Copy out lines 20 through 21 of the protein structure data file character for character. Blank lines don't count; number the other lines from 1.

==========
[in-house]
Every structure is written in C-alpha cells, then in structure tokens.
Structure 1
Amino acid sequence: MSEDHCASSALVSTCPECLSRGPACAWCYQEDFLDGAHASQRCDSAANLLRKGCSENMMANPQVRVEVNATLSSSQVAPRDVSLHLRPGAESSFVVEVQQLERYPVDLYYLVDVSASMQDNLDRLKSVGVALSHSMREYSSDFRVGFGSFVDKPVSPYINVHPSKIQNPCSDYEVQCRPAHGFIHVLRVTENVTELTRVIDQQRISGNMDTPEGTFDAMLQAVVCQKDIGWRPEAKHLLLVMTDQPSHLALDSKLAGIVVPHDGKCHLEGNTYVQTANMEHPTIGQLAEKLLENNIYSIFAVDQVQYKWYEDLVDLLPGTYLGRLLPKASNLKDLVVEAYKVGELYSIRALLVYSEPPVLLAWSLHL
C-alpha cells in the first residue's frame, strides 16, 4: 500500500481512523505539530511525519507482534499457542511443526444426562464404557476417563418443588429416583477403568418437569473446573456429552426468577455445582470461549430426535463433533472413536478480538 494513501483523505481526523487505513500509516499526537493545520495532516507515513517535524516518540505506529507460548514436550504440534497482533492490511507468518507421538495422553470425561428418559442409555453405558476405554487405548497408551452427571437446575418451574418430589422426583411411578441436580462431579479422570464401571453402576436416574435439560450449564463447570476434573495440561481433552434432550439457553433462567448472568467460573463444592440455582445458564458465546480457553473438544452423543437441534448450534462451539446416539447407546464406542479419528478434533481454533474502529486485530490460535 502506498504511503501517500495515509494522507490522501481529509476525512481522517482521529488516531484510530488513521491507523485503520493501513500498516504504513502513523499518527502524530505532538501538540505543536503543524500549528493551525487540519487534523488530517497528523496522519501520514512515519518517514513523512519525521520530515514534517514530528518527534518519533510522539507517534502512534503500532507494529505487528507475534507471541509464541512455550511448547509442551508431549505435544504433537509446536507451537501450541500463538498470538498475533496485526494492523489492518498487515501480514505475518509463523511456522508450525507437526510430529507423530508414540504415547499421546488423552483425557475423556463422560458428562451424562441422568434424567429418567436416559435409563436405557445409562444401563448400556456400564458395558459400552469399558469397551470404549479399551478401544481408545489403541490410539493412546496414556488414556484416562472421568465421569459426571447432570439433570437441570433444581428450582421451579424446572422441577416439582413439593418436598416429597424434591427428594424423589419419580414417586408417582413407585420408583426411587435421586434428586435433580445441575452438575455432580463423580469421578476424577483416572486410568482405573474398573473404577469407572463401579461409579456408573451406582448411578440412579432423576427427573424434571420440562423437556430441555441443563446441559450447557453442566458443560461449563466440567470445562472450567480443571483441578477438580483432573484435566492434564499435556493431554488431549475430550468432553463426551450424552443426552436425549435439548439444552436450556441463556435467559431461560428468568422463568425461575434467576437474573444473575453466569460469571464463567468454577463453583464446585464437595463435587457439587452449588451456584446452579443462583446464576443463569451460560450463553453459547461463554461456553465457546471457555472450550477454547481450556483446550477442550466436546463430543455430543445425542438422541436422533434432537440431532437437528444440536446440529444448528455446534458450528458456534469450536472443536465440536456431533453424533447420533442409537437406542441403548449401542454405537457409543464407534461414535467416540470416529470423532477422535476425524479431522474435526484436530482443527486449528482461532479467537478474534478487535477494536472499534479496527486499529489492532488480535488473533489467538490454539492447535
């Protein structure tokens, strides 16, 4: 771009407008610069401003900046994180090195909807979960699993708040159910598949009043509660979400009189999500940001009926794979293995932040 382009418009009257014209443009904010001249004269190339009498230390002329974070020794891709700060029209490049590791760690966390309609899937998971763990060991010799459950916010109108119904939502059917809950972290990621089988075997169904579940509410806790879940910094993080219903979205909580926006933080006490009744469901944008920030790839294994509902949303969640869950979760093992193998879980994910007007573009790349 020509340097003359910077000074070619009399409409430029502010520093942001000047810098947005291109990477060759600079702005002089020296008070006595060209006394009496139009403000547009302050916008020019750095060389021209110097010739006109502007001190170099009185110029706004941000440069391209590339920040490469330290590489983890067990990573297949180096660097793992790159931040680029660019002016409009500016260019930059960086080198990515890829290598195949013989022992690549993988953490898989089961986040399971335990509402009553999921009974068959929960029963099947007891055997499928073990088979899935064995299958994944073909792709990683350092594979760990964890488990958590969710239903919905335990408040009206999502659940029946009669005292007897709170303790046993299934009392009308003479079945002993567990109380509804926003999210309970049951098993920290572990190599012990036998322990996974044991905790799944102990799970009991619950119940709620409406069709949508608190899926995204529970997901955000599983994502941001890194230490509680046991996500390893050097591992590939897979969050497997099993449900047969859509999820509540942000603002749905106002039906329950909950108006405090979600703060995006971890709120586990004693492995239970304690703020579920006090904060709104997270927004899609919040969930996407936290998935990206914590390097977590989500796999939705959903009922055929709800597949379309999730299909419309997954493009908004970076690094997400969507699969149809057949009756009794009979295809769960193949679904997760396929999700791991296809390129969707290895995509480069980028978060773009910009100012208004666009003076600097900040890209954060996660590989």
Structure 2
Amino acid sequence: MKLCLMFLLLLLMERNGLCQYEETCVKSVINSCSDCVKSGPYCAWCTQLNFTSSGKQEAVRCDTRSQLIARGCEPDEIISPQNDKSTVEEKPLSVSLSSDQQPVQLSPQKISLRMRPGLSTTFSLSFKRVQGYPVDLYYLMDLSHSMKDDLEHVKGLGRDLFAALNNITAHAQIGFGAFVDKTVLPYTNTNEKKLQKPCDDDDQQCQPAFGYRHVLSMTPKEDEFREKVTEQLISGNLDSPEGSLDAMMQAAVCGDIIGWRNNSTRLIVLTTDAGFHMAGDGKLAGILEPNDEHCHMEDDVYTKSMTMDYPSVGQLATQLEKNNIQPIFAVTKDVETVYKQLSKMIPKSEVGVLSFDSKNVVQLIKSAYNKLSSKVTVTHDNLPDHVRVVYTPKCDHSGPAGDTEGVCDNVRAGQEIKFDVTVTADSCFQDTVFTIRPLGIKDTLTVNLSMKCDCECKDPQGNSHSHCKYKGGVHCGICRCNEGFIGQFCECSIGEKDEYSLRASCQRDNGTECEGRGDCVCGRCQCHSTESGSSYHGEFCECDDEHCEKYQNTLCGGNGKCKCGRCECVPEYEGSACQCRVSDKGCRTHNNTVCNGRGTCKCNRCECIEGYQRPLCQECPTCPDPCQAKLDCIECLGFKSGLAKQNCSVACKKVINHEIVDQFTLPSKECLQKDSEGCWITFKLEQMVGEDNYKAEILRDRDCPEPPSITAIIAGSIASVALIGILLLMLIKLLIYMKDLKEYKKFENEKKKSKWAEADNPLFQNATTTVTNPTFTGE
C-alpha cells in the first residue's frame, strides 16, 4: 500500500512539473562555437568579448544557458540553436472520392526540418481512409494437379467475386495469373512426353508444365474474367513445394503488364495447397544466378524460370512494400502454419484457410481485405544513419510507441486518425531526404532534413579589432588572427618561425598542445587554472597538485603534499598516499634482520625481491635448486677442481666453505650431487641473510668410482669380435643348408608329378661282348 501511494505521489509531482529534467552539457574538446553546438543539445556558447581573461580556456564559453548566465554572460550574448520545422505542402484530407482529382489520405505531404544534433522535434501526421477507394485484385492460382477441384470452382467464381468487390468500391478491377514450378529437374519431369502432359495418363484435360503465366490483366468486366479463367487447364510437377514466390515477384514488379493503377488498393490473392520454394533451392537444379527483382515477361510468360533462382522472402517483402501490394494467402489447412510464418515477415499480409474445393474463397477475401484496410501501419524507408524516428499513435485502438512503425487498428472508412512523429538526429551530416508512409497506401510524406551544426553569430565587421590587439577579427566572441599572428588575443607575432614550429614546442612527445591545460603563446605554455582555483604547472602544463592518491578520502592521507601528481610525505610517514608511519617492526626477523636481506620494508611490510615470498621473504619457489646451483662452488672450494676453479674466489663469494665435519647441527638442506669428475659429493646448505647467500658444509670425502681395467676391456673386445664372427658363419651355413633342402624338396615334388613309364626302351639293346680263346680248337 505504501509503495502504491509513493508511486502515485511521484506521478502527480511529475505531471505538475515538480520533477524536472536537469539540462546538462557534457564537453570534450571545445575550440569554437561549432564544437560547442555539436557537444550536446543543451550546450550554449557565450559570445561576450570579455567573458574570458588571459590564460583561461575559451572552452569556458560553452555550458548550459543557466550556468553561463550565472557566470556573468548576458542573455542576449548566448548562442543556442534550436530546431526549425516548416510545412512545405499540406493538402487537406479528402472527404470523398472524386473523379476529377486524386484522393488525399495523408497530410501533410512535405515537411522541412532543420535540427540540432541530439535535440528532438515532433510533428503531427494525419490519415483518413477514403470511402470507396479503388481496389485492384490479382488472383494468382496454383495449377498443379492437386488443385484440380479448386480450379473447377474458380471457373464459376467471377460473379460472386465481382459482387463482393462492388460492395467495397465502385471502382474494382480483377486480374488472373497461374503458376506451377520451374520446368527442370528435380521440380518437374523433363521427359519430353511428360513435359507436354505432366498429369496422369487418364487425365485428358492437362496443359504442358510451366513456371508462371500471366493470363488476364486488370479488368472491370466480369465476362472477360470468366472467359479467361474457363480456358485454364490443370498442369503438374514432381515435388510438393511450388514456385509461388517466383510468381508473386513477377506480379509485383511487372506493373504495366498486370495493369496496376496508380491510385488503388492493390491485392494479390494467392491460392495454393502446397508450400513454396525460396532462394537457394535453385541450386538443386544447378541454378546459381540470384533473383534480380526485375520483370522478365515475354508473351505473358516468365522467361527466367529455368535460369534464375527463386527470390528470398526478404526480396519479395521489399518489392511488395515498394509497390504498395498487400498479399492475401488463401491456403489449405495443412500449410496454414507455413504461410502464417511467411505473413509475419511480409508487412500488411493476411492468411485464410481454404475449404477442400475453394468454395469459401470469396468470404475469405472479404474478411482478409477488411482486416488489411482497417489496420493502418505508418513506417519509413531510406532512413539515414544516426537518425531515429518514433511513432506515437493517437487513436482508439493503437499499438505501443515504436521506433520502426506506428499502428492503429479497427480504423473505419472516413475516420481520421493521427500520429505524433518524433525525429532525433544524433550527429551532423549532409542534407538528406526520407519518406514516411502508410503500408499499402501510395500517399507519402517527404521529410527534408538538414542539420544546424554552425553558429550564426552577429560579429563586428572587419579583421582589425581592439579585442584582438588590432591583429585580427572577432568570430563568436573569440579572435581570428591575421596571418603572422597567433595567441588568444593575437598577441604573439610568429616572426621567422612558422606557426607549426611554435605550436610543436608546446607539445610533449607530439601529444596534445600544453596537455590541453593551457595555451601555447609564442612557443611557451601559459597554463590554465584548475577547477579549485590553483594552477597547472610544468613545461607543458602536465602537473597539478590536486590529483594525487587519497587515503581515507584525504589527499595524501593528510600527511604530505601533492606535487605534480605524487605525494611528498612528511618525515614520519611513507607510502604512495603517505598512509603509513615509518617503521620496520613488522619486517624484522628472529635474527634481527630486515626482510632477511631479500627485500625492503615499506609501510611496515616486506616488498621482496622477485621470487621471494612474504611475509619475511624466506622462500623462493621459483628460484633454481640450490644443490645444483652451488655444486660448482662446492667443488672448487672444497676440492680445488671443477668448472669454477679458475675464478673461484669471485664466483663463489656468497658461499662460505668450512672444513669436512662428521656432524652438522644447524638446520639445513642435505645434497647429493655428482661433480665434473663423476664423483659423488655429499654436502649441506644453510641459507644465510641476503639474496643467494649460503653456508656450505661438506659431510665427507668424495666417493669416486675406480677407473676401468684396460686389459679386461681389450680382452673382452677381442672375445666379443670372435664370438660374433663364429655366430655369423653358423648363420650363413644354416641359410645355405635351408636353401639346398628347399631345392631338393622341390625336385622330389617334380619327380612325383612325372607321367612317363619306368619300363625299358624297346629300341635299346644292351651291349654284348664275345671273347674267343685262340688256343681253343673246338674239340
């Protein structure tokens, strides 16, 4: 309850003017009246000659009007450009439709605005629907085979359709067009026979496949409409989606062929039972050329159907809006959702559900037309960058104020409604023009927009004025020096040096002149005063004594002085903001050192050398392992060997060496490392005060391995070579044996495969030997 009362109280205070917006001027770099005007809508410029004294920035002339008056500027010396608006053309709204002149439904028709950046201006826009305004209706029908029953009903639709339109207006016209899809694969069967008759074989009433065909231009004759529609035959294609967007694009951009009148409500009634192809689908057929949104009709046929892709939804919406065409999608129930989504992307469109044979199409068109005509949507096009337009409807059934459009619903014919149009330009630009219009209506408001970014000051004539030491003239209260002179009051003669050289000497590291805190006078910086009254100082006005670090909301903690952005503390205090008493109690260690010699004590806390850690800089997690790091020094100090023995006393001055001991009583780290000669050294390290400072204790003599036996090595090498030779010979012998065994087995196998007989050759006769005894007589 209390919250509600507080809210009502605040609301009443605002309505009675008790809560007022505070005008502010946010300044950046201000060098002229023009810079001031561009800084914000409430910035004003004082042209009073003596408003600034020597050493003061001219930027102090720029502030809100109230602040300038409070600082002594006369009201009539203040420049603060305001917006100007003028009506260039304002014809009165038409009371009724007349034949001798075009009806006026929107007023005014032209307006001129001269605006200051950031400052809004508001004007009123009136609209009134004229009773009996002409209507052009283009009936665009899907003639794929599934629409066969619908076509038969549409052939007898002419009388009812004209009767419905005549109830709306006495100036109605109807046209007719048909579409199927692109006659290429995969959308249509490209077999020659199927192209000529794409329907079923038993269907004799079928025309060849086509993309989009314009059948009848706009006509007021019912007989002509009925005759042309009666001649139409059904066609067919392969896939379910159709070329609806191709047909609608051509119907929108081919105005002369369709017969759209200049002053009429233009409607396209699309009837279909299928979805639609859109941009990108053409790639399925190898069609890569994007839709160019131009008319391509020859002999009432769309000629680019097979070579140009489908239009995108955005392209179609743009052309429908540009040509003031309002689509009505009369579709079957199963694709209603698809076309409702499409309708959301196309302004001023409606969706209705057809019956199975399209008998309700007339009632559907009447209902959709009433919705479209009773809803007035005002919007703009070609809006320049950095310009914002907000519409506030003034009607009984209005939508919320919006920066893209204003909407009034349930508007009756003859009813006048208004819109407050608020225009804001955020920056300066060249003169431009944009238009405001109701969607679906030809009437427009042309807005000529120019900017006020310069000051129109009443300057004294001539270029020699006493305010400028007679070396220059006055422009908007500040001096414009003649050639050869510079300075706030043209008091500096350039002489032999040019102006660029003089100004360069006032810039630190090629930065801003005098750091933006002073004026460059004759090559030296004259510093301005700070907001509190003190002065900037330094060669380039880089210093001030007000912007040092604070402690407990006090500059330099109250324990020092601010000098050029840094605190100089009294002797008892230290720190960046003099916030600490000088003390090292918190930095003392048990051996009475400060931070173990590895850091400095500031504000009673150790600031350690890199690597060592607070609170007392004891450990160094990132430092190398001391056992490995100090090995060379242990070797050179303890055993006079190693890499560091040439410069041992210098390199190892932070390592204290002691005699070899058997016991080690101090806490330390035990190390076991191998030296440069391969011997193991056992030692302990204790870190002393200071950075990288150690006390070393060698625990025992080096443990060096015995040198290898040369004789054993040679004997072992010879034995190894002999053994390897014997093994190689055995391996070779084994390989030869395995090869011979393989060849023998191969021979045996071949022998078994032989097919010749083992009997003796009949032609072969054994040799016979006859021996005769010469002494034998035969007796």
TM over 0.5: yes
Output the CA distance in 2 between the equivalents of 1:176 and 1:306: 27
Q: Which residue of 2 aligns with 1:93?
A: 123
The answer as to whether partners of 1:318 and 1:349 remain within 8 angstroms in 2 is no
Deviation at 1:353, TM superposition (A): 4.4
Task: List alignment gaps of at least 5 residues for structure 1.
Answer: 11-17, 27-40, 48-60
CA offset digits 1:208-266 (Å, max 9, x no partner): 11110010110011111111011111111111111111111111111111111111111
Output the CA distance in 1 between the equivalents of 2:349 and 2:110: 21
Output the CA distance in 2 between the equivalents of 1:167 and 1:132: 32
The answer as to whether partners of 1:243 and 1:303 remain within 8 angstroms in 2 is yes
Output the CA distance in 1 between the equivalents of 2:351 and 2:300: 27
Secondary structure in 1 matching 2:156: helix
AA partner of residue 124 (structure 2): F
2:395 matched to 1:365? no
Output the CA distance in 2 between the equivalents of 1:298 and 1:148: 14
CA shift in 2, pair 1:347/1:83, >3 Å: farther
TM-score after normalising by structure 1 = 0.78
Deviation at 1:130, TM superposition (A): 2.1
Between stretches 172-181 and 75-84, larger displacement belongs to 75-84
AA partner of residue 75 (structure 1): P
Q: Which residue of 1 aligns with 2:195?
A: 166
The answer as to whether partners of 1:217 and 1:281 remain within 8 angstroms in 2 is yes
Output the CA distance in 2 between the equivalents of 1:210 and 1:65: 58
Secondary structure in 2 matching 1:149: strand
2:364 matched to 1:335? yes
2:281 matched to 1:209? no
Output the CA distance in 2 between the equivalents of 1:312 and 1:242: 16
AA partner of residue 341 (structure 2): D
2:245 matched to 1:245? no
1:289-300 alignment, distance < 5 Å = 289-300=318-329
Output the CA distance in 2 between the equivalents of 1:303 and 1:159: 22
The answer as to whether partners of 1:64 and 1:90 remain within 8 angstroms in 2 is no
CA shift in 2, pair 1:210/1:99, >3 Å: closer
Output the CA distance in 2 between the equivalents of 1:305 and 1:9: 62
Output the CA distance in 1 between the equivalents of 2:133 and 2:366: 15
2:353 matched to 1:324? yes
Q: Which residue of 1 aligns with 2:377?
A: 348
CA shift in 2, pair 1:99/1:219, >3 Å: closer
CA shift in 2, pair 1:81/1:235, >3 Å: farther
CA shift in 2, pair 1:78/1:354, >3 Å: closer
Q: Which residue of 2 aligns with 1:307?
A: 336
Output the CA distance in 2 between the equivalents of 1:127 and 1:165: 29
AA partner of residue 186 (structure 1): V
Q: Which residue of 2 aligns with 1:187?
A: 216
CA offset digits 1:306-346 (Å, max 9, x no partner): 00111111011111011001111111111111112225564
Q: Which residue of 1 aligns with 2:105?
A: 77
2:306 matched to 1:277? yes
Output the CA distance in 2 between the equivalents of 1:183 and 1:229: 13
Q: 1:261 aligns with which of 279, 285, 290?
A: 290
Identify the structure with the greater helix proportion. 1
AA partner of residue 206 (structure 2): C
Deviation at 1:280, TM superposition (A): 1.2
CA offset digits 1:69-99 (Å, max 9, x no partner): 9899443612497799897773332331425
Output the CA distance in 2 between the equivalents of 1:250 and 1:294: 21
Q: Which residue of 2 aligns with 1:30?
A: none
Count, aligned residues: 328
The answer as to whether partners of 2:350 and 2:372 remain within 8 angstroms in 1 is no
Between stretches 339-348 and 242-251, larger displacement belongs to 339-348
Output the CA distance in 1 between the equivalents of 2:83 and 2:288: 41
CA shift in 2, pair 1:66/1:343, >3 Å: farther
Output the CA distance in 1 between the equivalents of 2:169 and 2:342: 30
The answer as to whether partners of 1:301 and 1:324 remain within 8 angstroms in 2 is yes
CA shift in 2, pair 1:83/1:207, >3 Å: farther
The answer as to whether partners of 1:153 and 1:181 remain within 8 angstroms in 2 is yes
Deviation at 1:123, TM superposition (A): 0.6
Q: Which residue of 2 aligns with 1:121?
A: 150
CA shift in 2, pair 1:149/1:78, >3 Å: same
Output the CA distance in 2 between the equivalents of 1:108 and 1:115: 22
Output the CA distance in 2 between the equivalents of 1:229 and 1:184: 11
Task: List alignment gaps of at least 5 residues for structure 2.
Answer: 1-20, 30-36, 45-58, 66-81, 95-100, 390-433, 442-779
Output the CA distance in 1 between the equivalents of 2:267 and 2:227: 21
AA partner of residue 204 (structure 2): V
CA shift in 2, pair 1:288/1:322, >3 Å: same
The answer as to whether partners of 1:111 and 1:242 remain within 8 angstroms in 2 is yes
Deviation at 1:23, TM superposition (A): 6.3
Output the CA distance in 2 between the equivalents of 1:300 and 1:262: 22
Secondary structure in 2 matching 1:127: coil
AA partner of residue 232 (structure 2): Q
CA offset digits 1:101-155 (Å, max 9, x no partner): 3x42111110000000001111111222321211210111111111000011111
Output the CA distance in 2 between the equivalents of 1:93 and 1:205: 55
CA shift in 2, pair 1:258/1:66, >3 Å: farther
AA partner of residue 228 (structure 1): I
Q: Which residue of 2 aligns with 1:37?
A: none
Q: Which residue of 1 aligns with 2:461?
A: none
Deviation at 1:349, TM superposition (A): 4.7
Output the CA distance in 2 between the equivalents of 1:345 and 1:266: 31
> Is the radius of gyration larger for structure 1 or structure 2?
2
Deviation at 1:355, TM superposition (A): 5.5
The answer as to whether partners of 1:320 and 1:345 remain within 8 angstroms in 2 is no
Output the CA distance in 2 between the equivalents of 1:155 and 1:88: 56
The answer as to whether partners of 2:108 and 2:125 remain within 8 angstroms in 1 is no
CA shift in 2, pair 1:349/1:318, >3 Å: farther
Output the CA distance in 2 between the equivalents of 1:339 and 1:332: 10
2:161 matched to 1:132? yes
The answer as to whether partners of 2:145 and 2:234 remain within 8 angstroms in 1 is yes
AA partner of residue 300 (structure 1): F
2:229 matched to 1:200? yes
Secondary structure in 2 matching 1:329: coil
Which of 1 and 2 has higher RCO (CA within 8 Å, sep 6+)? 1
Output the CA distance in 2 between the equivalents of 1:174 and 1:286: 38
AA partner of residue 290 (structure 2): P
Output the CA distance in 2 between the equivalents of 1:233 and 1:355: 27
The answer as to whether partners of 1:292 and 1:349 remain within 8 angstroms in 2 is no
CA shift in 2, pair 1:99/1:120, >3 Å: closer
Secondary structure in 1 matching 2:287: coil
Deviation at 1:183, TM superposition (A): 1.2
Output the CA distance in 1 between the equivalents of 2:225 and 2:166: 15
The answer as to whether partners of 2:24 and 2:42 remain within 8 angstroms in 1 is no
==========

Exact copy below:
Output the CA distance in 1 between the equivalents of 2:349 and 2:110: 21
Output the CA distance in 2 between the equivalents of 1:167 and 1:132: 32